© St. Petersburg Times, published February 23, 2003
ST. PETERSBURG -- When qualifying ended Saturday for today's Trans-Am race, 2002 series champion Boris Said was fourth behind the three-car team owned by Paul Gentilozzi, who runs the series.
By sundown, Said was at the rear of the starting grid, penalized after an inspection determined the right front end of his Menard team Mustang was riding too low.
"A piece of carbon fiber up there broke during qualifying," he said. "The right front got a little loose, dropping down like half an inch. Actually, that's a disadvantage. It's not like we did it to gain an advantage." Ground clearance is supposed to be a minimum 2 1/2 inches.
"In past Trans-Am series there were no height violations like this," Said said. "It wouldn't have mattered."
Stu Hayner, in a Corvette, moved up to fourth.
Rocketsports Jaguar drivers Scott Pruett, a two-time Trans-Am champion, Gentilozzi and Johnny Miller were 1-2-3.
"Imagine that," Said said.
Pruett won the series in 1987 and 1994. With a fast lap of 1 minute, 14.545 seconds (85.961 mph), he was .015 of a second ahead of Gentilozzi.
"He got me right at the end," Gentilozzi said. "That's okay. Scott and I beat everybody else by about half a second or more.
Pruett won the 1987 St. Petersburg Grand Prix. It is the first time in nine years he is running a full Trans-Am schedule. "Finding my way around at first, I was like an old rusty nail," Pruett said. "But it all came back to me (Friday) afternoon. ... I was feeling a little intimidated by Paul. Fortunately he went a little easy on me in qualifying."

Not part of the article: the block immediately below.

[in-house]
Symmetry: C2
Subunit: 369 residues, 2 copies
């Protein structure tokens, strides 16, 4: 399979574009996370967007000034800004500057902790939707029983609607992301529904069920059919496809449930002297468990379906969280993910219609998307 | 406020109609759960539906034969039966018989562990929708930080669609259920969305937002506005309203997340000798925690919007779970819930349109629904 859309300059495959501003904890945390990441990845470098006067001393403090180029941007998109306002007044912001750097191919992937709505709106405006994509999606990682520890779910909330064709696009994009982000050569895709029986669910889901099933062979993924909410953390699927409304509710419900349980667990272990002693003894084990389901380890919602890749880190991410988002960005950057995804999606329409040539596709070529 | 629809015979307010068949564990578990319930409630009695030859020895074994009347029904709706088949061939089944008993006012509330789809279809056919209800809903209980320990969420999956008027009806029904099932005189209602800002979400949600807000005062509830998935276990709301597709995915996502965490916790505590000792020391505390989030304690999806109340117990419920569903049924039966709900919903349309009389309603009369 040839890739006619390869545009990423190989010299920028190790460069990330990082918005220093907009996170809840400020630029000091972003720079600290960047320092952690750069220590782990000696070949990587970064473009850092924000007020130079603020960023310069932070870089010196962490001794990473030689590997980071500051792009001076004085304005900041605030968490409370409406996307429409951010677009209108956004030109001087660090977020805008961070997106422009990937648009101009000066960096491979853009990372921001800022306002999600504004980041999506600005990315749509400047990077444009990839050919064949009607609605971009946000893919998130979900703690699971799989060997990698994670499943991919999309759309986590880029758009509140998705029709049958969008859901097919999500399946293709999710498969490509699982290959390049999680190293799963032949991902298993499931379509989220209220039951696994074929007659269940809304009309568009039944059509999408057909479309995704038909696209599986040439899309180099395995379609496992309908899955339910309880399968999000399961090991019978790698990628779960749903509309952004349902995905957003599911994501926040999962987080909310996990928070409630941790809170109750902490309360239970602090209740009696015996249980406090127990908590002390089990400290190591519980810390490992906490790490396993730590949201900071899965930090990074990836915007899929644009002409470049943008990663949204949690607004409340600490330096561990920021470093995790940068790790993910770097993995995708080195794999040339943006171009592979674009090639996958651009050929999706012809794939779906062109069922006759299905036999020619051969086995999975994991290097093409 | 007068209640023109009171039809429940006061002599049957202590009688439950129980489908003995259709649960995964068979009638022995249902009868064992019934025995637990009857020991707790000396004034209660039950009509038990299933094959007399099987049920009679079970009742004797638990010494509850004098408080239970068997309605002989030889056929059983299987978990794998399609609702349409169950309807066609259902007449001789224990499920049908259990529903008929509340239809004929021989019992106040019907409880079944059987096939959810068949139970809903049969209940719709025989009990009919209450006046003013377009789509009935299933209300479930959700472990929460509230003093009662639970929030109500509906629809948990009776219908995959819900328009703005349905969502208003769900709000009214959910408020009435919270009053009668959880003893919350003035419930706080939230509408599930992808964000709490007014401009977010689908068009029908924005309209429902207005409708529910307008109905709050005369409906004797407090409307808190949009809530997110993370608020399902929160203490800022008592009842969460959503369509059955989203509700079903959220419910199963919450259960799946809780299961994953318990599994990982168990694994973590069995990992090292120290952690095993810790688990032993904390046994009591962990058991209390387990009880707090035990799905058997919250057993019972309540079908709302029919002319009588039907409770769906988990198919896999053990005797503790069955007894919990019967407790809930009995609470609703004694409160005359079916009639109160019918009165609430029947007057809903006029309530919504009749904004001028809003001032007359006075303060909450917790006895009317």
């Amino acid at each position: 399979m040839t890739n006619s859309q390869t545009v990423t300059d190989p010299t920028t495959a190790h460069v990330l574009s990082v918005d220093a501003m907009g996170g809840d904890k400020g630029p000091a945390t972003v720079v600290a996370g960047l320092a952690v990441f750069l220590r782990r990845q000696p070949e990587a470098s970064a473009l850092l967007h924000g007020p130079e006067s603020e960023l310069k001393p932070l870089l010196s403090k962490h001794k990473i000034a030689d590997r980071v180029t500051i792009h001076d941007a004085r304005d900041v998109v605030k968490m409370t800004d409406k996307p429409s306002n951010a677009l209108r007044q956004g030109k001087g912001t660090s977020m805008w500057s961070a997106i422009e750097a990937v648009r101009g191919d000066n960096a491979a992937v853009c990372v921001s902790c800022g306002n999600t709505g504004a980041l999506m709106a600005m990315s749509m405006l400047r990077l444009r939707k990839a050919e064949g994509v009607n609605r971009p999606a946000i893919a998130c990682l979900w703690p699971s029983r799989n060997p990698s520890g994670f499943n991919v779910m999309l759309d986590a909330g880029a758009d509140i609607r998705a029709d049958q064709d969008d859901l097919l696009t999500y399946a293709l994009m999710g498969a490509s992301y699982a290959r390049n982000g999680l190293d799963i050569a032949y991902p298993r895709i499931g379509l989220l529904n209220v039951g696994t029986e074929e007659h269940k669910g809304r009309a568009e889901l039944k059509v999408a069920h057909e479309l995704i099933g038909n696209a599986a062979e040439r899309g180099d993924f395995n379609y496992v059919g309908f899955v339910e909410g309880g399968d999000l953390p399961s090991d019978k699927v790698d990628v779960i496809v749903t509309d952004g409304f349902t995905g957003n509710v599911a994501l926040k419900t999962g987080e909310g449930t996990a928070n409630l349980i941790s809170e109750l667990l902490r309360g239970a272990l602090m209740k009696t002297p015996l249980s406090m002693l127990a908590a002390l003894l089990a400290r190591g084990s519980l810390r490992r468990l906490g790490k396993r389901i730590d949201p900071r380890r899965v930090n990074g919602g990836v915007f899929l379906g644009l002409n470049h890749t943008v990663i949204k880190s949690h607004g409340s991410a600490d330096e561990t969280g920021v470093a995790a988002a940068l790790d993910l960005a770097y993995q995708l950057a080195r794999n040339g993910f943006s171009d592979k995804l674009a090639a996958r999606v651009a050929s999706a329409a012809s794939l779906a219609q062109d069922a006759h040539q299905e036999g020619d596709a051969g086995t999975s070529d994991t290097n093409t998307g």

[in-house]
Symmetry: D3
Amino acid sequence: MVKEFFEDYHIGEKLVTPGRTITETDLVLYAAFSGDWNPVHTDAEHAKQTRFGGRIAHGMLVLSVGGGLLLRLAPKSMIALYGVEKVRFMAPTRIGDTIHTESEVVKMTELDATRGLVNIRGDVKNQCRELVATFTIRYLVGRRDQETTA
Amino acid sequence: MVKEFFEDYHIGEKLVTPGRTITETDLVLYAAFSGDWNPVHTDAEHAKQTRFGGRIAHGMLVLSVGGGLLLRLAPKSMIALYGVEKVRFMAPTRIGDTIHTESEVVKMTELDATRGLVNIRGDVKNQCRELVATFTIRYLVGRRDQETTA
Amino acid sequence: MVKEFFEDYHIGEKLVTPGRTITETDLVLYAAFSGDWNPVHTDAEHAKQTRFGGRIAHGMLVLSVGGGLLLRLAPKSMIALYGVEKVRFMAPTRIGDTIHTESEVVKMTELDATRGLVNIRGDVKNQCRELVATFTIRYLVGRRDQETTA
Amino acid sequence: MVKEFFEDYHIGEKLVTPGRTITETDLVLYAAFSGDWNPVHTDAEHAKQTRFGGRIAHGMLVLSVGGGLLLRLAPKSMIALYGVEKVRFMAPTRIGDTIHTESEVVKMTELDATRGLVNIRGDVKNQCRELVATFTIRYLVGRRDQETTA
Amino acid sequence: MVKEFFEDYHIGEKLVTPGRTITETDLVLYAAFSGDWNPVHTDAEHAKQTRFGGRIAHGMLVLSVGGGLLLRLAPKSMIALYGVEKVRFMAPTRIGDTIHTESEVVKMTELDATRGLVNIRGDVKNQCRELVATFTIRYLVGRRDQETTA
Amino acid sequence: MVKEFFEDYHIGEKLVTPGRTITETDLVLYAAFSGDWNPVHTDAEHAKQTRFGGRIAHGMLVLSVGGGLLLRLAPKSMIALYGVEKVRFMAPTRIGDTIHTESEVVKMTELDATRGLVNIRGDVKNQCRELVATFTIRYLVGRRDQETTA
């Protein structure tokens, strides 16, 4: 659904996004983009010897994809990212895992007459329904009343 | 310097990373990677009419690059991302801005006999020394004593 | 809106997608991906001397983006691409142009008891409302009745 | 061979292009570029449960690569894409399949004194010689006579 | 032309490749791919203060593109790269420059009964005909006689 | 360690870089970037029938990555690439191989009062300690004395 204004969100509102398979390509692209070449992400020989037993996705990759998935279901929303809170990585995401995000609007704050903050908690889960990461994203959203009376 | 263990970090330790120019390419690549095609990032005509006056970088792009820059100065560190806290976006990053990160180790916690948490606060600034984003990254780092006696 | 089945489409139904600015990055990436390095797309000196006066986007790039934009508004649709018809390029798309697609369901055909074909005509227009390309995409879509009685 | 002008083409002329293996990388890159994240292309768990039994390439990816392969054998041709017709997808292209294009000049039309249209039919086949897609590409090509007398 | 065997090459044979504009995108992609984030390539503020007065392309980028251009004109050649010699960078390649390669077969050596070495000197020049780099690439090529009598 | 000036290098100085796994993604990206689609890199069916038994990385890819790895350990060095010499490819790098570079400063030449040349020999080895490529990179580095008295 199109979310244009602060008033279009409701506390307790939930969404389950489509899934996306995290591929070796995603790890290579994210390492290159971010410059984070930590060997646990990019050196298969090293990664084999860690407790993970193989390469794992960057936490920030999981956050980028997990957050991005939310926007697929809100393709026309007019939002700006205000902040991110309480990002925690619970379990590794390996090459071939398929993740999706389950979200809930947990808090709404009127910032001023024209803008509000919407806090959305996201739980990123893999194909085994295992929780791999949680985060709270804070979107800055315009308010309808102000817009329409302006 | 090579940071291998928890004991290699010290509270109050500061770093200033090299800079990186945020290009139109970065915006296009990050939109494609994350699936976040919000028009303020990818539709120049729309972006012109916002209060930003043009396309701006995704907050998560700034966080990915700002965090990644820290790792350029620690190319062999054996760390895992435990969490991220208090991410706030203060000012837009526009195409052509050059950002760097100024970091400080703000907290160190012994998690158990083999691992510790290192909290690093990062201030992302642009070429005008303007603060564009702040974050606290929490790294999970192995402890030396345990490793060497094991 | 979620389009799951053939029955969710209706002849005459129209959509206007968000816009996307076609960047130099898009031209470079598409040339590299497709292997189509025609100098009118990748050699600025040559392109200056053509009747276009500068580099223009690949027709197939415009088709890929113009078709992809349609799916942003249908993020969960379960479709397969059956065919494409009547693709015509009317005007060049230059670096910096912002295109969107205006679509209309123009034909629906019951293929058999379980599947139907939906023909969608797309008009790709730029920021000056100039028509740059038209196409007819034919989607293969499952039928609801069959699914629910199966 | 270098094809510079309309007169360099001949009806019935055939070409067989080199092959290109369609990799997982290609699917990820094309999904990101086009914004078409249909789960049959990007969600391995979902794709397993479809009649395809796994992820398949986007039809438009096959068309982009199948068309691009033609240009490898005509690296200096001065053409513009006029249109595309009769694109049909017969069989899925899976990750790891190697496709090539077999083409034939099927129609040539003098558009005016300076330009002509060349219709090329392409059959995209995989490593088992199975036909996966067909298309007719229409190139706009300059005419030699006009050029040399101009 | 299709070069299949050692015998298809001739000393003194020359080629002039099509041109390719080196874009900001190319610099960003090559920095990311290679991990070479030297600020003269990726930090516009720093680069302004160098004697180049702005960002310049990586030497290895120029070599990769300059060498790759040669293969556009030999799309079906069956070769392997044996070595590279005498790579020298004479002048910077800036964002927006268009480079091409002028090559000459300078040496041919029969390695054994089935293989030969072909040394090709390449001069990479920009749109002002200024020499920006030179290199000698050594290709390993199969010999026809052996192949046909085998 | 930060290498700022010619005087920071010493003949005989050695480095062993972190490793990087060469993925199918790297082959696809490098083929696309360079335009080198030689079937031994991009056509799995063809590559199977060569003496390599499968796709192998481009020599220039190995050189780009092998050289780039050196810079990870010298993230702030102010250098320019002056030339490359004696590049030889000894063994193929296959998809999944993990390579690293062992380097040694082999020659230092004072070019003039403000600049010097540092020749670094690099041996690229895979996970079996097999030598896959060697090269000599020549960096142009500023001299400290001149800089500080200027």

It hasn't been a great start to the season for Said. Last week he was fined $5,000 -- with the option of having his license lifted -- for making unspecified critical comments. His appeal to the Sports Car Club of America, Trans-Am's sanctioning body, will be heard March25.
MORE BAD NEWS: Paul Menard, Said's teammate, also was penalized after qualifying ninth. He was sent to the back of the pack, Trans-Am said, for changing four tires late in qualifying after he spun out, causing a flat spot on each. Cars must start the race with three of the qualifying tires.
KEEPING IT IN THE FAMILY: Pruett won the first Pole Award. One will be awarded at each Trans-Am race. The 1-2-3 qualifying by Jaguar is the first time since 1991 a team has taken the top three spots. Darren Brassfield, Gentilozzi and Irv Hoerr did it in Oldsmobiles. "Second then," Gentilozzi said, "second now."
DEVELOPMENT, DIDIER STYLE: Former racer Didier Theys was named the director of the new Fran-Am Development Program.
Theys, who began racing in 1977, won championships in the U.S. Super Vee and Indy Lights and has competed in the 24 Hours of Daytona and Le Mans. His primary job will be to help improve driving skills, physical and psychological preparation, technical knowledge and media savvy among the series' budding drivers.
KEEPING IT IN THE FAMILY: Tampa-based McNichols Co. has teamed with Ruman Racing, sponsoring the No.23 Corvette in the Trans-Am series for the third consecutive year.
The deal keeps Ruman Racing one of the strongest family-run operations in the paddock.
Bob Ruman and McNichols Co. president Gene McNichols are brothers-in-law and Ruman's son-in-law is his crew chief. The McNichols Co. manufactures metal products and Ruman's other sponsor, Cenweld, uses those products to make racing parts.
But McNichols and Ruman said the best part about the relationship is that the sponsor gets to attend what amounts to a home race.
"It's really neat to be in our back yard," McNichols said. "It's great to have a race here. It's great for the city of St. Petersburg and the fans, who really seem like they're getting behind this."
Added Ruman, who qualified ninth for today's race: "It's a great venue for racing and a great time of the year.."
EVEL IN THE HOUSE: Legendary motorcycle stuntman Evel Kneivel is scheduled to give the "Gentlemen start your engines" command before today's Trans-Am race. That will start at about 4 p.m., after the Champ Car main event.